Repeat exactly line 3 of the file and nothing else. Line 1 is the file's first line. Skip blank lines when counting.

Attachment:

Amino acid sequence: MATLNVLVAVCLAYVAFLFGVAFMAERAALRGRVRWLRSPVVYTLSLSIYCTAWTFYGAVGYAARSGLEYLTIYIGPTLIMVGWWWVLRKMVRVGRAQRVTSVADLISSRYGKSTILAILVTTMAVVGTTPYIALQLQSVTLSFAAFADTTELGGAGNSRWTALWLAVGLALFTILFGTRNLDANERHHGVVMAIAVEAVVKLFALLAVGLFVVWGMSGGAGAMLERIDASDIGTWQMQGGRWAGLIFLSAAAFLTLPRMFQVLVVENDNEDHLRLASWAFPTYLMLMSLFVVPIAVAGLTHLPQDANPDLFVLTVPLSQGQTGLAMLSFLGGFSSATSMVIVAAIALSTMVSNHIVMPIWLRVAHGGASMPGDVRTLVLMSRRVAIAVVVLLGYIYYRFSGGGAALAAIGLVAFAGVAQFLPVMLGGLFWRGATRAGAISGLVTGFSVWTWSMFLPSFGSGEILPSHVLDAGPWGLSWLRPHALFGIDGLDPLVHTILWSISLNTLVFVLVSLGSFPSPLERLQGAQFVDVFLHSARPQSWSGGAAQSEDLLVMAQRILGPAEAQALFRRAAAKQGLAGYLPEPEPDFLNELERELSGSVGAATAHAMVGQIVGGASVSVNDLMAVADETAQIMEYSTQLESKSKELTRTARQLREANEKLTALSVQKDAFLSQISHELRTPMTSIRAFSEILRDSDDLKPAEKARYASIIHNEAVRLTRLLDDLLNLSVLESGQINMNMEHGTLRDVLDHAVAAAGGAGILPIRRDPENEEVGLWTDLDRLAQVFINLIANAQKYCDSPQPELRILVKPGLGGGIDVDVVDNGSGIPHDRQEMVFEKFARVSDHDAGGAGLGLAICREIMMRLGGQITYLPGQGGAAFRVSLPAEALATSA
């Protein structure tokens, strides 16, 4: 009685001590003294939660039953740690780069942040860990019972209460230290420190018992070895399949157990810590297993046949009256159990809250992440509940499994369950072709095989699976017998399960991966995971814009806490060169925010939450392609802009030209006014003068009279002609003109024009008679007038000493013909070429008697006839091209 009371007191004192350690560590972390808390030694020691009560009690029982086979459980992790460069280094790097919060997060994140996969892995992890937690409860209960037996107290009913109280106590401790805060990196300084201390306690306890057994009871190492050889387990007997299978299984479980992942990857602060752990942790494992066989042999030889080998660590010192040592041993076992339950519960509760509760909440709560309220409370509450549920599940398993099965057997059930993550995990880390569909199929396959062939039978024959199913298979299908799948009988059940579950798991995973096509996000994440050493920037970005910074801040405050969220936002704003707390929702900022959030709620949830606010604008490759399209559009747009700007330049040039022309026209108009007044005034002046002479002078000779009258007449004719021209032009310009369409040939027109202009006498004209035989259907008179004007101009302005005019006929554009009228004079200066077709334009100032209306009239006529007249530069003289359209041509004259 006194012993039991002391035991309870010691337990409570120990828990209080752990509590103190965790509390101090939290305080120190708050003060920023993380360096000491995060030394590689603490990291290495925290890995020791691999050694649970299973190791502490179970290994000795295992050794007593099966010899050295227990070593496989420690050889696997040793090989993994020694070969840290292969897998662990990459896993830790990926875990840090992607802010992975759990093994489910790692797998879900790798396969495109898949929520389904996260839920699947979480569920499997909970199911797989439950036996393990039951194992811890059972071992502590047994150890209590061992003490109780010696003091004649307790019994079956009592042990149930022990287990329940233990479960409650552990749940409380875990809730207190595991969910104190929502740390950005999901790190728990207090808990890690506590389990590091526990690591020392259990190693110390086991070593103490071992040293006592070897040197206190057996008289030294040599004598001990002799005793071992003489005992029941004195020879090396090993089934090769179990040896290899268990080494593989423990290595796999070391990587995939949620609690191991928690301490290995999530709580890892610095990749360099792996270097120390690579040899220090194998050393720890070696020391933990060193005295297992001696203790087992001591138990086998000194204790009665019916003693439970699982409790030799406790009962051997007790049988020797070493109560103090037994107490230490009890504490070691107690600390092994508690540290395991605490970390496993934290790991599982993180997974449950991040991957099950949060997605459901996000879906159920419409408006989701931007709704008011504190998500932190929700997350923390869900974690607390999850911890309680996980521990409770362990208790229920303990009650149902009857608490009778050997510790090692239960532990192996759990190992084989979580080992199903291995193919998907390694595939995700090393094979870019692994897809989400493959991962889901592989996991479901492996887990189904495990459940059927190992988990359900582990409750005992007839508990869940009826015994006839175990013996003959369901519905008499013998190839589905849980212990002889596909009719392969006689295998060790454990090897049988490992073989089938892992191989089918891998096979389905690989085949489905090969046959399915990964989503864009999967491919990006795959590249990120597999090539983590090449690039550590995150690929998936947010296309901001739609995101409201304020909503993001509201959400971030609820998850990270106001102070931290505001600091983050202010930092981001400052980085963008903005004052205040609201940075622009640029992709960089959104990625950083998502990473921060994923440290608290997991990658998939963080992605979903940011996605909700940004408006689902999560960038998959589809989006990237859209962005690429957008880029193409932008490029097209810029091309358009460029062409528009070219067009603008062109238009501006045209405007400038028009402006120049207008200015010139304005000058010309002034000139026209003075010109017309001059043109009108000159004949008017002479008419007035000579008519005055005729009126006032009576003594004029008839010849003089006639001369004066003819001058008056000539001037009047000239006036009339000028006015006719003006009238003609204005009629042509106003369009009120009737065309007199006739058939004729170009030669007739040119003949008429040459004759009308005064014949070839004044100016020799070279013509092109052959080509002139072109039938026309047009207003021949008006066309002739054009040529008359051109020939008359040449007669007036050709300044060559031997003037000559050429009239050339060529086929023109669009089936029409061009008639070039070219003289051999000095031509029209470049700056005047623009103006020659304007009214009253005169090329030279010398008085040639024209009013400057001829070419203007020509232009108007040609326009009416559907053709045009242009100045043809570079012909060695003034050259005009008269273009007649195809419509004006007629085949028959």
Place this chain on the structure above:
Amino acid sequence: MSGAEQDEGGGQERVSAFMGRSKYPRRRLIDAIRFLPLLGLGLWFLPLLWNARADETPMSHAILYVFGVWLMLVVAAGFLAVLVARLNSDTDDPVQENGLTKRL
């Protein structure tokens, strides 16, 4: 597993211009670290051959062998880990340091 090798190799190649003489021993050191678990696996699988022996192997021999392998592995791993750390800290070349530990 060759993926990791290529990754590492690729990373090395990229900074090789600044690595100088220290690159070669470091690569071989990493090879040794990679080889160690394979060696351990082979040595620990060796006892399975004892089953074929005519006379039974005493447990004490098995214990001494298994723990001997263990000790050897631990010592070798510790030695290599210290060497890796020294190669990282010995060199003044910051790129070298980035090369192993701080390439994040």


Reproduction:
Place this chain on the structure above: